The US dollar is the official currency of Ecuador, so US citizens don't have any exchange worries. When I go, I sift through the coins I've been throwing into an empty, coffee can and take out the dimes and quarters to bring with me. Down there, you can actually buy some things with pocket change.

I'll keep you in mind while I'm down there and pay more attention to things that might interest you. When I get back, I should have better information for you and maybe some photos. If you have any more questions, let me know.

-- Jeff

"I don't care to belong to a club that accepts people like me as members." -- Groucho Marx

Link to comment
Share on other sites

fresco..... I'll leave as soon as I can get my act together.

I hope you don't mind getting things in dribs and drabs, but that's the way my mind works. As I think of something that might be of interest, I'll post it.

Generally, you won't find heating or air-conditioning in Quito. The capital of Ecuador is about 9,300 feet above sea level and the altitude, coupled with the latitude, help keep its temperatures about the same year-round. I equate it to a New York spring, but year-round. A little chilly at night and comfortable during the day.

The altitude can affect you, at first. Read up about high-altitude sickness. Beware, anyone who has respiratory problems, the oxygen is a little thin. It takes three generations to become fully acclimated to high-altitude breathing.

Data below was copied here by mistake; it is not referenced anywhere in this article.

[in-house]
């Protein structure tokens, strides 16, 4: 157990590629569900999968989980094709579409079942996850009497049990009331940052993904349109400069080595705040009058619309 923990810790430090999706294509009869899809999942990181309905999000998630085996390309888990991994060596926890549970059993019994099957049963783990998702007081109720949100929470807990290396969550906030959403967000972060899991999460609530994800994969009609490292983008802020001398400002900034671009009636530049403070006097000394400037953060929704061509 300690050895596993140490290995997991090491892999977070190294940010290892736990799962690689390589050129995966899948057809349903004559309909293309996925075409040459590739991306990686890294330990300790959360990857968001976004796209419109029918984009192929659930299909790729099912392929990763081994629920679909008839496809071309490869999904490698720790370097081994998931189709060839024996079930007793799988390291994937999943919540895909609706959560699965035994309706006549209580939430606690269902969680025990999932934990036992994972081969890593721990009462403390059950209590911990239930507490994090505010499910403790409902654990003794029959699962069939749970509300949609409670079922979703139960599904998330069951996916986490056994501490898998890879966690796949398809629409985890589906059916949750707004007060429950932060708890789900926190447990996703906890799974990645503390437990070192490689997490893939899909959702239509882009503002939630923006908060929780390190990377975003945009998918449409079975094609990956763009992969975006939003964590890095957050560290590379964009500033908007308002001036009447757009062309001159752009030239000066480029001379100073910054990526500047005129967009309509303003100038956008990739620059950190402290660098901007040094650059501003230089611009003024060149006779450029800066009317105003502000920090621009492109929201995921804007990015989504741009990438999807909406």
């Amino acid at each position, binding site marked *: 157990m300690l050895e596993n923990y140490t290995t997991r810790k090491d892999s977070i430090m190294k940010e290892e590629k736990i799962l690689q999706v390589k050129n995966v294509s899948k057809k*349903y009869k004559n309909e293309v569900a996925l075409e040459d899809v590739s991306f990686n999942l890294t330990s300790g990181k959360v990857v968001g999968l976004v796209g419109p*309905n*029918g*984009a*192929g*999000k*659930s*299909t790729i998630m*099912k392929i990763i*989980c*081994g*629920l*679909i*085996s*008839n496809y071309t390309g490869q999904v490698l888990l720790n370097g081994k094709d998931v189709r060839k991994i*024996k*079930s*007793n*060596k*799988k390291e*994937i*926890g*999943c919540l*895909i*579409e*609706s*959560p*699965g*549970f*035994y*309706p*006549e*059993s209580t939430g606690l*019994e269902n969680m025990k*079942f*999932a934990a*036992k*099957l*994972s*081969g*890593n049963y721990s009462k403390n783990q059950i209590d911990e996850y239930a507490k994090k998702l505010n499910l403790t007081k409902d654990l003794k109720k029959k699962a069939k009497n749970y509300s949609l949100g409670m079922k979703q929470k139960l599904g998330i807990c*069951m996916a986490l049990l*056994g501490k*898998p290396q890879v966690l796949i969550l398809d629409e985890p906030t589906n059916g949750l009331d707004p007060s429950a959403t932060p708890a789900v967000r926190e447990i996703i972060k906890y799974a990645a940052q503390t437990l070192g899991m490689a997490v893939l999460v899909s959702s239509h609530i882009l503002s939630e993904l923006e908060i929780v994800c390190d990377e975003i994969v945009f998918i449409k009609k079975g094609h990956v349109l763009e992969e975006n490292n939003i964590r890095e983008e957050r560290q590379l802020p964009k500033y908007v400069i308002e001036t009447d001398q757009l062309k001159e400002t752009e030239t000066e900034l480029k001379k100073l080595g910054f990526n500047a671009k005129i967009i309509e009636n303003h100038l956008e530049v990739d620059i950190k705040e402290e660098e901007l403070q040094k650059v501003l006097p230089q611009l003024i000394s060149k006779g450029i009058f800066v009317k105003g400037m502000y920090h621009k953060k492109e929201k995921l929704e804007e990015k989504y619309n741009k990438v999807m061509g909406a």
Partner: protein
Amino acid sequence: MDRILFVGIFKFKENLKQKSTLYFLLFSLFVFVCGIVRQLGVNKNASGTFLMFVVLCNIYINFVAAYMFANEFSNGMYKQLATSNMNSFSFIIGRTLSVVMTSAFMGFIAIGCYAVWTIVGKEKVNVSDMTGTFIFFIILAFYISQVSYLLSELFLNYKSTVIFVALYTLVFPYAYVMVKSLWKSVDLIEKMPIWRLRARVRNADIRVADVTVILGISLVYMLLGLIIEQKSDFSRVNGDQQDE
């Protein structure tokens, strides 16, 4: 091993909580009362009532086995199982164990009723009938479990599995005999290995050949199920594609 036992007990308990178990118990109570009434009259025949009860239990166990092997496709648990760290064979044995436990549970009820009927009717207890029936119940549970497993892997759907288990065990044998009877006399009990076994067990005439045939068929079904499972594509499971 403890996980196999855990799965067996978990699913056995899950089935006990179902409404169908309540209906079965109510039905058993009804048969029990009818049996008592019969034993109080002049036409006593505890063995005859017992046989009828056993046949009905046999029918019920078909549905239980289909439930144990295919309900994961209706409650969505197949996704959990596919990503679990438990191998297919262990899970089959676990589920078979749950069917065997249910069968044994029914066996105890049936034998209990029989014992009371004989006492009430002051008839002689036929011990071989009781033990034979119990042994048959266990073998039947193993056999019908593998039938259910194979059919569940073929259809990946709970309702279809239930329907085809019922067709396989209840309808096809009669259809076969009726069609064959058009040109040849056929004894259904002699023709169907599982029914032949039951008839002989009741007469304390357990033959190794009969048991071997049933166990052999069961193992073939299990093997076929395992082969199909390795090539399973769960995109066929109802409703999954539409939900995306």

Some of the volcanoes are tall enough to be snow-capped. I remember reading that Ecuador is the only country where both the temperature and the latitude can equal zero.

Quito is due south of NY and in the same time zone, except they don't observe Daylight Savings Time. Doesn't make sense to do so because the latitude keeps the day/night thing pretty even. Interestingly, I think they tried DST in the past (God knows why) and it was a bust.

June 1st, The Miss Universe Contest is coming from Quito.

-- Jeff

"I don't care to belong to a club that accepts people like me as members." -- Groucho Marx

Link to comment
Share on other sites

  • 1 month later...

I am sitting in Mariscal Sucre International in Quito, awaiting a 7 AM flight to EWR. I´ll post some info and a couple photos when I get back and get caught up with the mail.

-- Jeff

"I don't care to belong to a club that accepts people like me as members." -- Groucho Marx

Link to comment
Share on other sites

  • 1 month later...

bigbear/stella and other ecuadorphiles - please - bring it on.

i unexpectedly lucked into a free (ridiculously short) trip to ecuador. i'll be leaving seattle thursday the 16th and returning that sunday. saturday is booked (rob is performing so we'll need to stay local to quito).

the cloud mountain sounded amazing...how long would it take to get there? if we must (for time reasons) stay in or right near quito - what shouldn't we miss?

i speak some spanish - if i get the opportunity to take a day trip (returning before evening) by myself - will i be ok? i haven't travelled in south or central america at all, and i dearly wish we had more time - but i'm wildly excited...do your 2002 recommendations still hold?

i can't wait to try the jugos and humitas!

from overheard in new york:

Kid #1: Paper beats rock. BAM! Your rock is blowed up!

Kid #2: "Bam" doesn't blow up, "bam" makes it spicy. Now I got a SPICY ROCK! You can't defeat that!

--6 Train

Link to comment
Share on other sites

 Share

  • Recently Browsing   0 members

    • No registered users viewing this page.
×
×
  • Create New...